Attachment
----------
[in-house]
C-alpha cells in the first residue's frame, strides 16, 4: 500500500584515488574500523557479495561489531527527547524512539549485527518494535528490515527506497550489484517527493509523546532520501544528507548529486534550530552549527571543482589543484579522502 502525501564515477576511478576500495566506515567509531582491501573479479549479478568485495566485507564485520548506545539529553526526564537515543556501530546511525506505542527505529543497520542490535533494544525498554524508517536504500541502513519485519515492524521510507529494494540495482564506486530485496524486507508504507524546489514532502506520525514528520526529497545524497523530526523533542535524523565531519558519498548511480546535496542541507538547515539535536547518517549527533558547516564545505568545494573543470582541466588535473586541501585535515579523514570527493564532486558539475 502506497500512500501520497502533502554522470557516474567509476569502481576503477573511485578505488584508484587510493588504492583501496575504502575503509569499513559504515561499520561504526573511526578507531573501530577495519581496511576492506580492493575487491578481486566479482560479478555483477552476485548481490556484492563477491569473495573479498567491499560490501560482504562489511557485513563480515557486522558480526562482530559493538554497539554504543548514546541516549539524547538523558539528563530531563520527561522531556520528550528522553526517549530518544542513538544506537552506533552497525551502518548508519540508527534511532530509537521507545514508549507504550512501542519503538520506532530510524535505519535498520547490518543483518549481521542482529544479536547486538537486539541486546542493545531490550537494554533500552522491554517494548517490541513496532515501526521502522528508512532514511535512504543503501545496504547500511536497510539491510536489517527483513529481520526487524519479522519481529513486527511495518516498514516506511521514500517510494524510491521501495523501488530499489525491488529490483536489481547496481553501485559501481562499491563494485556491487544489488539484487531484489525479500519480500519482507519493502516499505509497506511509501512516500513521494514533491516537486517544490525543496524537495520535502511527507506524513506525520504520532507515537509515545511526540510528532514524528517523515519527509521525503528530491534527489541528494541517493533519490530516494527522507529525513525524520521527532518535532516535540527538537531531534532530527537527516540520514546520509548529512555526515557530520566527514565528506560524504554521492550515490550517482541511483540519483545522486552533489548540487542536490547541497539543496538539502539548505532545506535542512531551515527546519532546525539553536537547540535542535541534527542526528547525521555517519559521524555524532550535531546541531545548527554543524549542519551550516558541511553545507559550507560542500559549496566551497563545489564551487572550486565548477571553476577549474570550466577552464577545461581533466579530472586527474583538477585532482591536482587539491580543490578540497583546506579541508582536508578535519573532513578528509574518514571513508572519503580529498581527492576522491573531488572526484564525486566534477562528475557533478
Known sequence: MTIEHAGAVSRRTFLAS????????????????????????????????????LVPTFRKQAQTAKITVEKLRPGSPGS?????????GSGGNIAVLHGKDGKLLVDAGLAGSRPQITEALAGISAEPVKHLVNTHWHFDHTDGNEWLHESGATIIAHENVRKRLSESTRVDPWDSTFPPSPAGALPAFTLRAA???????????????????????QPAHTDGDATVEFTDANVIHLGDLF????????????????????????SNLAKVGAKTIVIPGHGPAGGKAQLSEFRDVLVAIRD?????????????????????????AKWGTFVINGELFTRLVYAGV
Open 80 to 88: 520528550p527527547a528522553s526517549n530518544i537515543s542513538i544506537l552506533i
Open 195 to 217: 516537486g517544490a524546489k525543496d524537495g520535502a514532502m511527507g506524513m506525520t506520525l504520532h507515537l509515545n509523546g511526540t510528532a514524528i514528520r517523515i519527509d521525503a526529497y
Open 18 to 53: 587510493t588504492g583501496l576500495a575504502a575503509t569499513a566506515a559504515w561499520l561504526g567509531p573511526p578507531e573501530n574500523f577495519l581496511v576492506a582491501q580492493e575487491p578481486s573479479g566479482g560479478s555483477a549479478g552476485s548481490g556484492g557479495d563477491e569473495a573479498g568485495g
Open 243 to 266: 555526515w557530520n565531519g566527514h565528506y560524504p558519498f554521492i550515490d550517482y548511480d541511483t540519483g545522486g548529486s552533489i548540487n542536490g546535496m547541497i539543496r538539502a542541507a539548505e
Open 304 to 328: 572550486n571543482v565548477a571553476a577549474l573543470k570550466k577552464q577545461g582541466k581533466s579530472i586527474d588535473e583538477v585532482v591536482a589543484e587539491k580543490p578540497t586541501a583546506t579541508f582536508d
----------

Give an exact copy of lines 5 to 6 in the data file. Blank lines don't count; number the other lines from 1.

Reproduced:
Open 195 to 217: 516537486g517544490a524546489k525543496d524537495g520535502a514532502m511527507g506524513m506525520t506520525l504520532h507515537l509515545n509523546g511526540t510528532a514524528i514528520r517523515i519527509d521525503a526529497y
Open 18 to 53: 587510493t588504492g583501496l576500495a575504502a575503509t569499513a566506515a559504515w561499520l561504526g567509531p573511526p578507531e573501530n574500523f577495519l581496511v576492506a582491501q580492493e575487491p578481486s573479479g566479482g560479478s555483477a549479478g552476485s548481490g556484492g557479495d563477491e569473495a573479498g568485495g